Scent Map of the World

Perfumer Christophe Laudamiel, a creator of company DreamAir is launching a project to track scent preferences around the world. It consists of a map defined by aromas, and you can contribute yours as well. In order to do so, please go to DreamAir website and add descriptions for what you are currently smelling. Be sure to indicate your location too.


Once a good amount of data is available, you will be able to click on a country and “see the represented scent families as pie charts, for what locals and people visiting are smelling,” say the creators.

Brussels smells like mineral dust, wet wood, vanilla waffles and crushed leaves. What about your town?

Photography by Bois de Jasmin, the infamous Manneken Pis.


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  • Cornelia Blimber: Speaking of Manneken Pis: you can smell him in Amsterdam, where (male) tourists water in the streets. It is a strong flavour, especially when the stones warm up in the sun.
    The building of the new metro (endless) brings dust and the smell of saw-dust.
    In the museum quarter there are many fig trees in the streets, lovely perfume.
    Although most people ride a bicycle or a scooter, my street smells strongly of benzine. August 22, 2014 at 7:17am Reply

    • Cornelia Blimber: saw-dust of iron, I mean, not of wood. It is a very particular smell, some people like it. August 22, 2014 at 7:24am Reply

      • Victoria: I know what smell you mean. I like it in small doses, but too much and it starts being suffocating. August 22, 2014 at 5:50pm Reply

    • Victoria: You can smell it in Brussels too, especially inside Gare Central, the central station subway stop, which must have an alternative use as a public urinal. Not my favorite place in the city. August 22, 2014 at 5:49pm Reply

      • rainboweyes: It was very hot as we were in Paris in June and the urine smell was omnipresent, even at the Notre Dame 🙁 August 23, 2014 at 12:05pm Reply

        • Victoria: Yes, unfortunately, it all sounds too familiar! August 24, 2014 at 12:44pm Reply

  • Tijana: Very interesting! As it is morning here and I have just put on some fragrance, it is all I can smell (and it is nice – Guerlain’s Mon Precieux Nectar) :-). Thank you for sharing! August 22, 2014 at 9:15am Reply

    • Victoria: Sounds wonderful! 🙂 August 22, 2014 at 5:50pm Reply

  • Sylvia Long: Thank you for sharing that site! I’m interested in finding out what people in differing areas like to smell. I’m in Malaysia this week and I found that my perfume smells different here! Amazingly nice different. I always love it, but I love it more here. I think the humidity must amplify it. Also I got to smell Bois d Isle and Beige By Chanel yesterday.They were both very nice. August 22, 2014 at 10:20am Reply

    • Victoria: The humidity really must have a strong effect, because I also found that some of my perfumes smelled very different in the humid climates. What perfumes do you tend to wear? August 22, 2014 at 5:51pm Reply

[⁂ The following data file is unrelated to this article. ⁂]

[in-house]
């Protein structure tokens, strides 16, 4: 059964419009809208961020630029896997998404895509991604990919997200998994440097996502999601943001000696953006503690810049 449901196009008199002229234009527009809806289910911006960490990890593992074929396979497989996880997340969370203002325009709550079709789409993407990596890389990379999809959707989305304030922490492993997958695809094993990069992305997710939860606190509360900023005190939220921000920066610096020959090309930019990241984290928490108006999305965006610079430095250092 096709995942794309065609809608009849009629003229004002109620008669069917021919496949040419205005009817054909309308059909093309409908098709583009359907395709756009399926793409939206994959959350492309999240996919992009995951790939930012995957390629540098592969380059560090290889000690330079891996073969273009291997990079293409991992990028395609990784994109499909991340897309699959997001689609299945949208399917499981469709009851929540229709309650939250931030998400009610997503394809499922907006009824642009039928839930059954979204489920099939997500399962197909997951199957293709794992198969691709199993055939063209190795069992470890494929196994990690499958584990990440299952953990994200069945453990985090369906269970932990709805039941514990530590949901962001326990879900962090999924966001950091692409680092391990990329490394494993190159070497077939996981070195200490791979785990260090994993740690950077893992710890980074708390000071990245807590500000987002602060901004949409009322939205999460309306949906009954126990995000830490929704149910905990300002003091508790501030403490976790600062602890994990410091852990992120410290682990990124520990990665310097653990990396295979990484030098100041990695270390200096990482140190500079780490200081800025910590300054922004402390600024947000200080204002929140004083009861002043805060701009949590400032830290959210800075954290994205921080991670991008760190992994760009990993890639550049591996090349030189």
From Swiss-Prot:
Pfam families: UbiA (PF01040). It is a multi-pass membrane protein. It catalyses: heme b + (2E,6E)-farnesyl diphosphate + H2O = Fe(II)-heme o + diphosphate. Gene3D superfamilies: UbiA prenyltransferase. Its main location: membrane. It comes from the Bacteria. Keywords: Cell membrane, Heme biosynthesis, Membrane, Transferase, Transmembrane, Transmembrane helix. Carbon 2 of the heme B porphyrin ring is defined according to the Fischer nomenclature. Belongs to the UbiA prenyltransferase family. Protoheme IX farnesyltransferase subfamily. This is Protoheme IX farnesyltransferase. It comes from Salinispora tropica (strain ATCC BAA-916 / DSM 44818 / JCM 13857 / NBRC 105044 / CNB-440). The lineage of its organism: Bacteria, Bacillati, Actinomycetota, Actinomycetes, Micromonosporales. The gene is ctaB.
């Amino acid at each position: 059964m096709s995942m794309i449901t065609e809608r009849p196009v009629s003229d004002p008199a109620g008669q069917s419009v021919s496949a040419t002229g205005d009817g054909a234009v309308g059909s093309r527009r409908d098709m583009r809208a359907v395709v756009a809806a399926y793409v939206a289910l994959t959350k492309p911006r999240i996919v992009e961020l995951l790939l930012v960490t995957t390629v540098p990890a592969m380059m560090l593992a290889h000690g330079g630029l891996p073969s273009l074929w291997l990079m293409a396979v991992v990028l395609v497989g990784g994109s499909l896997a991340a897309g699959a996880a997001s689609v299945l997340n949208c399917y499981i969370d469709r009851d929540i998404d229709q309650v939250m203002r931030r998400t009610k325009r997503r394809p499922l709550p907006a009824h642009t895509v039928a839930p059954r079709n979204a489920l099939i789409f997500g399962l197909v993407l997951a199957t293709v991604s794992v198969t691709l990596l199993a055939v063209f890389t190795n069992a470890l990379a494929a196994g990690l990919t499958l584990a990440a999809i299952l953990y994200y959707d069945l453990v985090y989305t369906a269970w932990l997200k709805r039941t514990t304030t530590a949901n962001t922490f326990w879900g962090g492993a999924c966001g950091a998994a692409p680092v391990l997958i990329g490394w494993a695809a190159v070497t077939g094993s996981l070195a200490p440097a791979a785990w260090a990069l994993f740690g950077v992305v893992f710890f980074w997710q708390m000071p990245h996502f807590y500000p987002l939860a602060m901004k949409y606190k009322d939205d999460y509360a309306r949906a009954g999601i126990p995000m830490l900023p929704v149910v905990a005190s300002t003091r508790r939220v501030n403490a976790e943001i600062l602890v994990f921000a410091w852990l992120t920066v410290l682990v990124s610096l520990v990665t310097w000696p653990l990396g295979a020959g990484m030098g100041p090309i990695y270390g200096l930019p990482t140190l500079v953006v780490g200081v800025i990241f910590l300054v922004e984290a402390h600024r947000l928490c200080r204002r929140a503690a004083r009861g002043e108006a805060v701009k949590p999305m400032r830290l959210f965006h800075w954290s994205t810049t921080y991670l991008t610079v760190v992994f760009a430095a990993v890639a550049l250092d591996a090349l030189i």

• Sylvia Long: Estee private collection Tuberose and Gardenia and Stella here this week. The Stella was a bit too much- but the T and G was green garden perfection. I live in a less humid climate and just visiting here. I’m pleasantly surprised with the change the humidity makes. Of course some of my other favorites wouldn’t do well at all. I am imagining my Ambre Eau de Mervilles wouldn’t suit here. August 23, 2014 at 8:12am Reply

        • Sylvia Long: Also unusual smells ( for me) sort of hang about the air everywhere here… Not bad just noticeably different than my home city… The pervading smell of rice cooking, a savory smell , maybe garlic. The ‘vegetal green’ smell of lots of wet plants.. Occasional Wafts of sweat and sewer smell walking down the streets. Wonderful curry and that flat Indian bread cooking ( nanas?). Oh and Arabic perfume ocassionally! Very strong pungent stuff- almost medicinal. August 23, 2014 at 8:19am Reply

        • Victoria: Ambery or balsamic scents are tough for me in warm, humid climates. I can handle rich florals better than these kind of notes. Incense, on the other hand, worked really well. August 24, 2014 at 12:38pm Reply

  • solanace: São Paulo smells stale, and there is something almost sweet, disgustingly so, to the rivers´ foul vapors.
    Wearing Farouche today. Very ladylike. 🙂 August 22, 2014 at 11:16am Reply

    • Victoria: Farouche, the name notwithstanding, is very ladylike! I bet you smell great. 🙂 August 22, 2014 at 5:53pm Reply

      • solanace: Agree, it actually makes me think of the long walks I used to take in Paris. Sigh…
        Have a great weekend y´all! August 22, 2014 at 7:48pm Reply

        • Victoria: Ah, talking a long leisurely walk is my favorite way to pass time. August 24, 2014 at 12:31pm Reply

  • FeralJasmine: Here in New Mexico in late summer, the heavenly hot scent of roasting chile becomes pervasive. Wish we could bottle it! August 22, 2014 at 11:35am Reply

    • Victoria: Oh, you’re making me want to experience it too. I love the smell of roasting chili peppers, which I’ve smelled in parts of Spain. One of my favorite scents and smells in food is smoked paprika. August 22, 2014 at 5:54pm Reply